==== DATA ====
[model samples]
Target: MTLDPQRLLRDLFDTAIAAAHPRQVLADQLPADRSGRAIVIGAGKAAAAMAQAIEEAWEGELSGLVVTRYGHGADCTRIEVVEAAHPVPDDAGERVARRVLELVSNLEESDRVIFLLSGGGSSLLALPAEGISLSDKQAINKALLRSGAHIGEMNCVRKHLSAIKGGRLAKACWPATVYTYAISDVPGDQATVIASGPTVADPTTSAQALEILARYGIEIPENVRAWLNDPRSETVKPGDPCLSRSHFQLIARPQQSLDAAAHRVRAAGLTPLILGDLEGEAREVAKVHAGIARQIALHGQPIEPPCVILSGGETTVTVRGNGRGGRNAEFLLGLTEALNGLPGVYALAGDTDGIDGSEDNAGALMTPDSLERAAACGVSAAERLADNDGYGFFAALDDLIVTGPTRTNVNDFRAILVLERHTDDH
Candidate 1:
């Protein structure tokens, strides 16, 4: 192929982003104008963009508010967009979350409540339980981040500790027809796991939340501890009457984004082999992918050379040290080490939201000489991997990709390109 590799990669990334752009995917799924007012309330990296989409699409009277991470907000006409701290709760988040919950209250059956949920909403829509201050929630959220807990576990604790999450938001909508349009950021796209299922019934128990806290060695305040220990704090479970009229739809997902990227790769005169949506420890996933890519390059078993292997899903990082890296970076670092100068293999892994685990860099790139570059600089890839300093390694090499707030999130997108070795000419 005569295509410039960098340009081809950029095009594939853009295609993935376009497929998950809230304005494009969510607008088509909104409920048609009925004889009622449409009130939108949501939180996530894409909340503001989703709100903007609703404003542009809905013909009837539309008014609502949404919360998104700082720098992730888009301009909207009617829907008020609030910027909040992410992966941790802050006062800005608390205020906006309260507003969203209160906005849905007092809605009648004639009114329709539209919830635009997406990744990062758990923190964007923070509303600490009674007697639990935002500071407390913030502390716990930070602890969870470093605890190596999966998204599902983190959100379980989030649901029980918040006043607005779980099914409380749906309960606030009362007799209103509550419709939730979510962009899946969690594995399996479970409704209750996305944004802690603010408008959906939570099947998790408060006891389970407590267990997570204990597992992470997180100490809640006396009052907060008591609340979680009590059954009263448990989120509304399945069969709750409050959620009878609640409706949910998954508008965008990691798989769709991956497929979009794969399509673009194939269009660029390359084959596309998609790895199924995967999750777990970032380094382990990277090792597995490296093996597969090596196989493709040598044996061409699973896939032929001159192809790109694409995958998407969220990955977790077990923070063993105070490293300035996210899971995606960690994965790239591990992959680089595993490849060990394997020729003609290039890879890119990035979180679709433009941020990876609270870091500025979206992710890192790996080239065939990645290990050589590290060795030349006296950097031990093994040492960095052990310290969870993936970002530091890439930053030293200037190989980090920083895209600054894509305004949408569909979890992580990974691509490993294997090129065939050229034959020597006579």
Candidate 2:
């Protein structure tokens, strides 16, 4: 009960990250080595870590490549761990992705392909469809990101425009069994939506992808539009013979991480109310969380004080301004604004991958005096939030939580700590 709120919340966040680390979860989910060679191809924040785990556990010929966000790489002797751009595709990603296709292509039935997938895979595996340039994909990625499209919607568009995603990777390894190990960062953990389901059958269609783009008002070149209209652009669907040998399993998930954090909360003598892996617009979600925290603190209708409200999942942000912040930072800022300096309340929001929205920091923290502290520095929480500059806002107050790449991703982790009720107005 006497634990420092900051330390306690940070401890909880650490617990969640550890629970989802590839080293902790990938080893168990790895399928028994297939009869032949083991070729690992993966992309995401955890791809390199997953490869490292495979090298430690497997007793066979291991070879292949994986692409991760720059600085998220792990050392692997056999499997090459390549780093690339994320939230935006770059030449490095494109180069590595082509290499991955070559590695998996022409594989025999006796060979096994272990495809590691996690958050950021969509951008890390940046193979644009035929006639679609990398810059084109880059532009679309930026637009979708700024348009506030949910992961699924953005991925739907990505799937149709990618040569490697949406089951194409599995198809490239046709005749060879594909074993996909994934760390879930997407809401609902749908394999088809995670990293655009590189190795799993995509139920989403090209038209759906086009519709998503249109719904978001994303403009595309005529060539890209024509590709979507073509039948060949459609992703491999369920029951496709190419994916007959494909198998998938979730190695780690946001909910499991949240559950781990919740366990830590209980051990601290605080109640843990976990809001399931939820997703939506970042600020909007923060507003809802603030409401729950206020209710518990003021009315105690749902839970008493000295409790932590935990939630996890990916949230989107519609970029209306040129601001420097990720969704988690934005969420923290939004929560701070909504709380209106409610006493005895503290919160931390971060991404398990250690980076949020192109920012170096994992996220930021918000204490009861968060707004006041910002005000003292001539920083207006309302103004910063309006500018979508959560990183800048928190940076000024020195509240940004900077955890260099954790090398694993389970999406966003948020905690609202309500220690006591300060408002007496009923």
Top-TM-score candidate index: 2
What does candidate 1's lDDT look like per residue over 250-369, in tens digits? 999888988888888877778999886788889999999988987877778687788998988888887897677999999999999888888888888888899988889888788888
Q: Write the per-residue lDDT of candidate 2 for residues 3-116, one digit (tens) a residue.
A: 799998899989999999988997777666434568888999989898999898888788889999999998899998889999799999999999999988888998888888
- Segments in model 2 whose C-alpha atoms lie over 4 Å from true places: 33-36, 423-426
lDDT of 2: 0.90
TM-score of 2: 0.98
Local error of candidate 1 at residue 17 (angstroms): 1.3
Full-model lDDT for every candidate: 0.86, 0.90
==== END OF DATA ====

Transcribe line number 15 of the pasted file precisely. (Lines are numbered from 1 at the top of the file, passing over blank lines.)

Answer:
Full-model lDDT for every candidate: 0.86, 0.90